The languages also either very dirty or very expensive.
For example of expensiveness, the cost of one license cool shiny Bluespec SystemVerilog compiler can cost you 2-3 yearly salaries of one of your engineers. Yes, it reduces lines (3 times) and error density (another 3 times), but nonetheless.
The example of dirtyness in Verilog: the sized based number literal has three parts - integer size (regular decimal integer with non-significant underscores like 10_00 for thousand), the base, expressed by regexp "'[Ss]?[xXOobBdD], and the value of the literal. These are three separate lexems. You can use preprocessor definition "`define WEIRD(n,b,s) s b n" and use it to construct sized literals backward: WEIRD(dead,'X,42) for 0xdead with size 42. As you can see, the value part of literal can (and will) be matched as regular identifier rule. The compiler right now seems to me as more or less straightforward, though.
The example of dirtyness in VHDL: construction of record where first fiels is character can be written as "RECORD'(')')" - we have successfully constructed a record with character field set to ')'. The single quote mark is either start of character literal (as in 'c'), the prefix of attribute (NAME_OF_ENUMERATED_VALUE'SUCC) or part of typed construction of value exemplified above. VHDL was one of the first languages that untroduced operator and function overloading, including and not limited to, overloading on return types of functions.
Good luck implementing all of this when you are student.
I wrote a 5-stage RISD processor with it for school, was quite simple and easy to abstract.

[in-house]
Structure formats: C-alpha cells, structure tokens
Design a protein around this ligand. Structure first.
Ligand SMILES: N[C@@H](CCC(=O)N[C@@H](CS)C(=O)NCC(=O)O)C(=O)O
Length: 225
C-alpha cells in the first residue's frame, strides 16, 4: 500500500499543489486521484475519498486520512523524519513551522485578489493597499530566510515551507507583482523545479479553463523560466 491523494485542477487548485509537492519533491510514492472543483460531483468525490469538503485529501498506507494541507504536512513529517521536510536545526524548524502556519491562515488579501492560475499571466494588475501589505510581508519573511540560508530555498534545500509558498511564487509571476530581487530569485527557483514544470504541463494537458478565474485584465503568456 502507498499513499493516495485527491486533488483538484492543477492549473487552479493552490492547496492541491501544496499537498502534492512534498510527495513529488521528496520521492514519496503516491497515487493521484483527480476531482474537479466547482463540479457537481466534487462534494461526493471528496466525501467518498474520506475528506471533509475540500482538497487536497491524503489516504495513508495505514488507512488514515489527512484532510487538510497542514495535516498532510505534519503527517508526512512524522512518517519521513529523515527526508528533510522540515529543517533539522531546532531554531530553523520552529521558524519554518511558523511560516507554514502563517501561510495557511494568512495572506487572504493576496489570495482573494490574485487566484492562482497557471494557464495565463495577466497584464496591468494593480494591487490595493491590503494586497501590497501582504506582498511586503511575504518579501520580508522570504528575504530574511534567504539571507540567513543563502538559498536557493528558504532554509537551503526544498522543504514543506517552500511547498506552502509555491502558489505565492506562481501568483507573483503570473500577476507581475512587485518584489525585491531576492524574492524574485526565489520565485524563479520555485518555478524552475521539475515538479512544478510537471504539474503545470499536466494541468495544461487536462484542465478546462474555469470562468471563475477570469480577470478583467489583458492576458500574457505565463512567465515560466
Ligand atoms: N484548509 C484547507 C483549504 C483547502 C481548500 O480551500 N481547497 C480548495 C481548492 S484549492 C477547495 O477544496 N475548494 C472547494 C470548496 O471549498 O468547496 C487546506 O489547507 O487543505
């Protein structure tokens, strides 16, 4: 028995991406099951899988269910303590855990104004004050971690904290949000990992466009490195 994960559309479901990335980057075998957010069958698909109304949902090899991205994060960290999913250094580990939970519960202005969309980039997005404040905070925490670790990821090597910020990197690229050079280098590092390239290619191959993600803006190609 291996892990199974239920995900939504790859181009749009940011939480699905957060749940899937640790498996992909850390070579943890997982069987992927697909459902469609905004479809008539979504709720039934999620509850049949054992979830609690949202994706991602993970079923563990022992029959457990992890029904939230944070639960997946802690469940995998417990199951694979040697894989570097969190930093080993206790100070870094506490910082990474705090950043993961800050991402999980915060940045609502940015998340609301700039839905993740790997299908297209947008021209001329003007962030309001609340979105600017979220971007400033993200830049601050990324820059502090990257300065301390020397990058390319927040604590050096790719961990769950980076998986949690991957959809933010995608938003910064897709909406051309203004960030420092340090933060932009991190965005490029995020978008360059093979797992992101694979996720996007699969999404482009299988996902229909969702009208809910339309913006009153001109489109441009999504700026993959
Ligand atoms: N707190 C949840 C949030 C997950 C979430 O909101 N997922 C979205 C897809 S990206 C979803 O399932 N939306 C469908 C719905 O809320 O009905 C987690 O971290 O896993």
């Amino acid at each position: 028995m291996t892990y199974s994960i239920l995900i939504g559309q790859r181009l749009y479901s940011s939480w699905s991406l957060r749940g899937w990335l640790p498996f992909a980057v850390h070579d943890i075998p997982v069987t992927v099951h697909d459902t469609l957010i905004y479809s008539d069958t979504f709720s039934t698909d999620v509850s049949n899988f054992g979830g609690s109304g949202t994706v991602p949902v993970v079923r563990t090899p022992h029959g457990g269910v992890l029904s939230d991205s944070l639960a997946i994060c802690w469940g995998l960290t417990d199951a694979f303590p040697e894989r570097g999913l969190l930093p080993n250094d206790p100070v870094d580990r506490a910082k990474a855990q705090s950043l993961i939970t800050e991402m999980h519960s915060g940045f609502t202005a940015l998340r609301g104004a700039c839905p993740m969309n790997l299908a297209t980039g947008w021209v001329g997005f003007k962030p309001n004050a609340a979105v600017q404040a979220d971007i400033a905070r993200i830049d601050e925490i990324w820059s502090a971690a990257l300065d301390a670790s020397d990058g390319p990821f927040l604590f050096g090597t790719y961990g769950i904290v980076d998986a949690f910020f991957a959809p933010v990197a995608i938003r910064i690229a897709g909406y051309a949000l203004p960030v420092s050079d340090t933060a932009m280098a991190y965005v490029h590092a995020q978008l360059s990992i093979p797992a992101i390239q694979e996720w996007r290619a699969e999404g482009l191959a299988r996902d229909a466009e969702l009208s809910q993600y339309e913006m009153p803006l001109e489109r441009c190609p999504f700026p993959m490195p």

If hardware was more competitive, industry coding practices would be more efficient. Instead their own self-conception of pain-points prevents them from going after this low-hanging fruit.
I wrote something like that long time ago: https://github.com/thesz/hhdl (even before clash)
I had some translation algorithm from pure Haskell code to the HHDL internals. I even wrote MIPS clone using it (and it was simulated OKly).
There's just no market for that.
I'm hoping (as is the author with http://qbaylogic.nl/) that the market for FPGA soft(?)ware will suck less. Best case it pushes pressure on the fabs for ASICs, but we'll see.
There is one fully open source flow, but currently only targeting Lattie iCE40 chips: Project IceStorm. http://www.clifford.at/icestorm/
That said, the synthesis tool (Yosys) can actually synthesize netlists suitable for Xilinx tools, as well. In theory any company could probably add a backend component to Yosys to support their chips. arachne-pnr/icetools can only target iCE40 chips, still.
That said, it all works today. I recently have been working on a small 16-bit RISC machine using Haskell/CLaSH as my HDL, and using IceStorm as the synthesis flow. This project wouldn't have been possible without IceStorm - the proprietary EDA tools are just an unbelievable nightmare that otherwise completely sap my will to live after several attempts...